Some games are more fun when the odds are stacked heavily in your favour. Initial impressions will dupe you into thinking Laughing Jackal's latest PlayStation Mini is a puzzle game, but once you start to earn money and upgrade your equipment it becomes a much more chaotic experience.

Set in the City Of Redfield — someone's been playing Resident Evil! — OMG-Z puts you in control of a lone rifleman surrounded by zombies. The bad news is that you've only got a couple of bullets. The good news is that for, and we quote, "cool and unimportant" reasons, one carefully placed shot is all you need to clear out an entire screen of the undead.

OMG-Z's primary mechanic revolves around chain reactions. Shooting a zombie causes their body to explode, triggering any nearby corpses to splatter and so the chaos continues. There are different types of zombies, some have bigger trigger radiuses while others reduce to pools of acid on the floor. A third type of zombie — derived from soldiers and police officers — carries a weapon in hand and fires off ricocheting bullets when demised. The result is madness.

The crux of OMG-Z, therefore, revolves around picking off the right zombie to trigger maximum damage. A carefully placed bullet to the head of an exploding zombie can trigger gun-shots and cover the ground with deadly acid, trapping other undead and ultimately clearing the screen. It's a genuinely brilliant mechanic, that delivers each and every time the screen transforms into a satisfying shade of crimson.

But what starts out as a joyous mechanic only enhances as you progress. Reaching score quotas on each stage will award you with a medal and cash, which can then be spent on a variety of upgrades. These upgrades increase the blast radius caused by exploding zombies, and the number of bullets fired by soldier zombies. In short, they allow you to create even more chaos. Technically this should make the game easier, and it does to a degree, but Laughing Jackal's got the pacing just right — you always feel overpowered, but never to the degree where the gameplay loses its purpose; you still need to pick the right zombies to cause maximum damage.

The upgrade system also makes the game devilishly moreish. We found ourselves playing levels over-and-over to earn cash, only to play more levels to observe the implications of our expenditure.

Despite being impossible to put down, OMG-Z is perfectly segmented for a portable experience. Levels are broken down into an Outrun-esque pyramid, which introduces several "narrative paths" each culminating in a unique graphic novel ending. Naturally the story is almost meaningless, but at least there's some pay-off for your endeavours.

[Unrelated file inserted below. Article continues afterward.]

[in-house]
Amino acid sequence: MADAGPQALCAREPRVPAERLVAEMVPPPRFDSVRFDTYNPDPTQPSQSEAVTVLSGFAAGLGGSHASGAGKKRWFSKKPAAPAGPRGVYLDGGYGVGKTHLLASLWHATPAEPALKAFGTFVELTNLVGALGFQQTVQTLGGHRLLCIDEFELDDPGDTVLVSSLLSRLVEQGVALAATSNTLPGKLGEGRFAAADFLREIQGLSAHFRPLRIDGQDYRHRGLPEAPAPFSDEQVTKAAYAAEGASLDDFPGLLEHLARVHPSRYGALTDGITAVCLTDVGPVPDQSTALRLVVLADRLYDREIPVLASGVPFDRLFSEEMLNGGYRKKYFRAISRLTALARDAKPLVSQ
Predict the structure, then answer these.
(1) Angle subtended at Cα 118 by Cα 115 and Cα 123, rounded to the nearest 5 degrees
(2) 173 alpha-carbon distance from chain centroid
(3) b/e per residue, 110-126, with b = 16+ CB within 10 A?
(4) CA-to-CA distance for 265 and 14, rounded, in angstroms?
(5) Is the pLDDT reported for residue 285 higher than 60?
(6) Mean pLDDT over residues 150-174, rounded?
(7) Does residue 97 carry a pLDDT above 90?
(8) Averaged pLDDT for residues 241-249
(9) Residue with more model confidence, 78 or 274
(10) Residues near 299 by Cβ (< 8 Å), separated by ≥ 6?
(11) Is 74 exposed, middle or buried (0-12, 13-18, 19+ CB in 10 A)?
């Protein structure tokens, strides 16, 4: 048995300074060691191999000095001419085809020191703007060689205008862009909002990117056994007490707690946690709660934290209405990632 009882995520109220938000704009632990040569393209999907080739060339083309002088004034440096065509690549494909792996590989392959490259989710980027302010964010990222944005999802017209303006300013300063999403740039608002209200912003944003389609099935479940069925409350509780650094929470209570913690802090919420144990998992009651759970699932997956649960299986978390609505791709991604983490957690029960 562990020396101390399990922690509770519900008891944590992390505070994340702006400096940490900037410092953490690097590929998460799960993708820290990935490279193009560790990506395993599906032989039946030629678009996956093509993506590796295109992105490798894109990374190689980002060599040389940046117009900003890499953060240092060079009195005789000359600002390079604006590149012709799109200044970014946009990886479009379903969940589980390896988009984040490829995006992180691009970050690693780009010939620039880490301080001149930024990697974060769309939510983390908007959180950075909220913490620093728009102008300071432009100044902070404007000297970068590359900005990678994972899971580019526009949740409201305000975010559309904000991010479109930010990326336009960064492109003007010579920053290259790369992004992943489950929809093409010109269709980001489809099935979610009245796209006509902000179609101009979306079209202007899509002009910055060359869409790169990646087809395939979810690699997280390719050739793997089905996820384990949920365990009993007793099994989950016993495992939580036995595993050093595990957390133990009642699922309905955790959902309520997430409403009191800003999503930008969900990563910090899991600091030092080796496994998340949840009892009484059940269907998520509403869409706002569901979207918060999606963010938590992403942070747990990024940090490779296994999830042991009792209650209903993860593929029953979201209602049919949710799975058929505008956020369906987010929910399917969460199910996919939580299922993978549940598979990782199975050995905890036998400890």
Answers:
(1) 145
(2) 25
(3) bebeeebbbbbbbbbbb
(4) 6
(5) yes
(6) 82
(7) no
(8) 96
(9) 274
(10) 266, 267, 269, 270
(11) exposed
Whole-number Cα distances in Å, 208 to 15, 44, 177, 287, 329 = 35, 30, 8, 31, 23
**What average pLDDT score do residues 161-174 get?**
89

The game's visuals are probably its weakest element. It's easy to see what Laughing Jackal were going for — a minimalist, MadWorld-esque visual style — but the game ends up looking more like a broadsheet newspaper than anything else. With so few colours and such a big emphasis on black, white and red, the action can get muddled and unclear. It's not helped by microscopic fonts and undefined zombie sprites. Often the only way to tell between different zombie classes is by pressing the R button and getting a colour-coded view of the playing field. Laughing Jackal do deserve credit for fitting an outstanding number of moving parts on the screen at once though, with upwards of one hundred individual shuffling corpses filling the screen.

This can lead to some frame-rate issues during larger chain-reactions, but in a twisted way these stutters add to the chaotic nature of the action. It's awesome when you feel like you're pushing the game to breaking point by killing so many zombies with one shot.


With an enormous array of levels, plenty to unlock and a huge amount of replay value — the OCD amongst you will get hooked on unlocking each platinum trophy — OMG-Z is a real tour-de-force. It summarises everything that's great about Minis: accessibility and addictiveness. While a level can be enjoyed in under 20 seconds, there's enough content in OMG-Z to keep you going for several hours. Even better is the way Laughing Jackal's paced the game, making it difficult to stop playing once you begin.